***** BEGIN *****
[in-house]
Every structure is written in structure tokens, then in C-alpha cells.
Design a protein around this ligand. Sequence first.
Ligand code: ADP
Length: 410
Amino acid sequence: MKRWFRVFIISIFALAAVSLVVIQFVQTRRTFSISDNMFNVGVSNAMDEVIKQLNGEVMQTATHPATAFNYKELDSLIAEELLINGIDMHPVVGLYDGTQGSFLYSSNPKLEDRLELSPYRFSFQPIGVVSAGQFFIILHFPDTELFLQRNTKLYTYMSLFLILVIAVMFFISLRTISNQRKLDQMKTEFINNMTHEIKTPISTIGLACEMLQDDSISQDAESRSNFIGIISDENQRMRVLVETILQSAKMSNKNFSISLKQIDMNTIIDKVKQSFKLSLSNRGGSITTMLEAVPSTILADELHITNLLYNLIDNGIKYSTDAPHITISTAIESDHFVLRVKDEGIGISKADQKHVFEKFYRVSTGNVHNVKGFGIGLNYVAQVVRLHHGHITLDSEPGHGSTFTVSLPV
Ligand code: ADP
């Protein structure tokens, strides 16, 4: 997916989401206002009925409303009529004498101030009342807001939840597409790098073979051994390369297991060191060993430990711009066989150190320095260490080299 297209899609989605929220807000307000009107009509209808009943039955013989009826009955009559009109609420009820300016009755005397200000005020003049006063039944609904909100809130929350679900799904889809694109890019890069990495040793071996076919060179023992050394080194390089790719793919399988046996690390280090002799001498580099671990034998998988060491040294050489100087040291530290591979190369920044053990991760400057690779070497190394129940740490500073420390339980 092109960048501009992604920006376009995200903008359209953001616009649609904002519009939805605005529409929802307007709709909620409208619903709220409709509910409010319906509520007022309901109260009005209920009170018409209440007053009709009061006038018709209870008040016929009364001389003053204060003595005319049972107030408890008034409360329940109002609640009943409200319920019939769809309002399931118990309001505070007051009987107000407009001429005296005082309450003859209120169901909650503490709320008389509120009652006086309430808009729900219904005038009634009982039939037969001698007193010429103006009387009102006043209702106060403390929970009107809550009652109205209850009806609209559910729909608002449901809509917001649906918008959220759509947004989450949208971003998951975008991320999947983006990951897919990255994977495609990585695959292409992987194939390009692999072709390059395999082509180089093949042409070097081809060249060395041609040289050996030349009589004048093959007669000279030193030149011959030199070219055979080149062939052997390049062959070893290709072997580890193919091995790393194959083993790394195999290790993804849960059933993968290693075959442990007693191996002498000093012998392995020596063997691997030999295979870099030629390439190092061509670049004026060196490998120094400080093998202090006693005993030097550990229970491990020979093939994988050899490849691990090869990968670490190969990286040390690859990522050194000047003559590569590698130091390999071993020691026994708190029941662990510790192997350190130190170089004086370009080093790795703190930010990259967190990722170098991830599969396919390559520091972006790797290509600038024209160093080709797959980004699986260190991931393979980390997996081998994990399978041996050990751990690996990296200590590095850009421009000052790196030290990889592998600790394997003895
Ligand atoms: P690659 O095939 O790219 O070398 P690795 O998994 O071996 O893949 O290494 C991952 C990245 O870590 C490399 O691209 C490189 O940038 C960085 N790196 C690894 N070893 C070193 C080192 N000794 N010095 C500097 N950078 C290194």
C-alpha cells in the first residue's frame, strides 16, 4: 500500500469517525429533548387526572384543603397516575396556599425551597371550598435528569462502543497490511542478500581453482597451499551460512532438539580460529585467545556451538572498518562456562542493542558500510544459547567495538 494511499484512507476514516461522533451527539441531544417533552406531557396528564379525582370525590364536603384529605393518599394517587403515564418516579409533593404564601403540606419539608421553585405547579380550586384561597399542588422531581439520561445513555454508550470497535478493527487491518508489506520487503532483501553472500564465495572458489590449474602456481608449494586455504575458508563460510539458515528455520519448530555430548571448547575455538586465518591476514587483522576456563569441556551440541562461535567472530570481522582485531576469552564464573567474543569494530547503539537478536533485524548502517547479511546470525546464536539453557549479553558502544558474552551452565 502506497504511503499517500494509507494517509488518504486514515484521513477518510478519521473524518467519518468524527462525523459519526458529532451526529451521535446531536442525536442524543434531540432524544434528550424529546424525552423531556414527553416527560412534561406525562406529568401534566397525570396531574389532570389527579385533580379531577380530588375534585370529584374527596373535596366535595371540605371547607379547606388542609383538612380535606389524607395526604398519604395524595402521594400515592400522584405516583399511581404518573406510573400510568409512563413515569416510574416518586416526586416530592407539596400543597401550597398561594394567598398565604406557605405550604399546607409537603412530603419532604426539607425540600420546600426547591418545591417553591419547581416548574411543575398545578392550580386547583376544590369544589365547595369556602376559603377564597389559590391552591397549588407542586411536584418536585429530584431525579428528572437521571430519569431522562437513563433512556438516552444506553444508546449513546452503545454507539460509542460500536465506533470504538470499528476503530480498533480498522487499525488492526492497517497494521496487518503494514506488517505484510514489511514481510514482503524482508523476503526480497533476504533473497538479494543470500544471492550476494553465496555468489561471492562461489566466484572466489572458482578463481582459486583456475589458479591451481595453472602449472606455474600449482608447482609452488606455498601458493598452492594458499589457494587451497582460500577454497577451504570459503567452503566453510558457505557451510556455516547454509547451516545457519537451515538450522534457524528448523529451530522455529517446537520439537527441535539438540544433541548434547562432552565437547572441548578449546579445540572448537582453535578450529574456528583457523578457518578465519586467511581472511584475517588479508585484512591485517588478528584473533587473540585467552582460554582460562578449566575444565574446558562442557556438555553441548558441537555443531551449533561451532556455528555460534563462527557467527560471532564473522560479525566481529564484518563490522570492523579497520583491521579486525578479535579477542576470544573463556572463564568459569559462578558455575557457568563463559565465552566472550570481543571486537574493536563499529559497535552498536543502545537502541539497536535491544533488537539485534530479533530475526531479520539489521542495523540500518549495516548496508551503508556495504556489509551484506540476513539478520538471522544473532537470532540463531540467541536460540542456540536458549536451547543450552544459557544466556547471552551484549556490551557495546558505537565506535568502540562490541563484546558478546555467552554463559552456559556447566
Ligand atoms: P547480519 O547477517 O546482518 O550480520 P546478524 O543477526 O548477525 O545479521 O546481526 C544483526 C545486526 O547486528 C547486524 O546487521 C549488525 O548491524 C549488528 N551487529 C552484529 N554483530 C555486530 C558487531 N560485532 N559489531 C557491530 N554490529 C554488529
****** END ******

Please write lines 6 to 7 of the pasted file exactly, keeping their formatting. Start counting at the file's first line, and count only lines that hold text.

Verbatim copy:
Amino acid sequence: MKRWFRVFIISIFALAAVSLVVIQFVQTRRTFSISDNMFNVGVSNAMDEVIKQLNGEVMQTATHPATAFNYKELDSLIAEELLINGIDMHPVVGLYDGTQGSFLYSSNPKLEDRLELSPYRFSFQPIGVVSAGQFFIILHFPDTELFLQRNTKLYTYMSLFLILVIAVMFFISLRTISNQRKLDQMKTEFINNMTHEIKTPISTIGLACEMLQDDSISQDAESRSNFIGIISDENQRMRVLVETILQSAKMSNKNFSISLKQIDMNTIIDKVKQSFKLSLSNRGGSITTMLEAVPSTILADELHITNLLYNLIDNGIKYSTDAPHITISTAIESDHFVLRVKDEGIGISKADQKHVFEKFYRVSTGNVHNVKGFGIGLNYVAQVVRLHHGHITLDSEPGHGSTFTVSLPV
Ligand code: ADP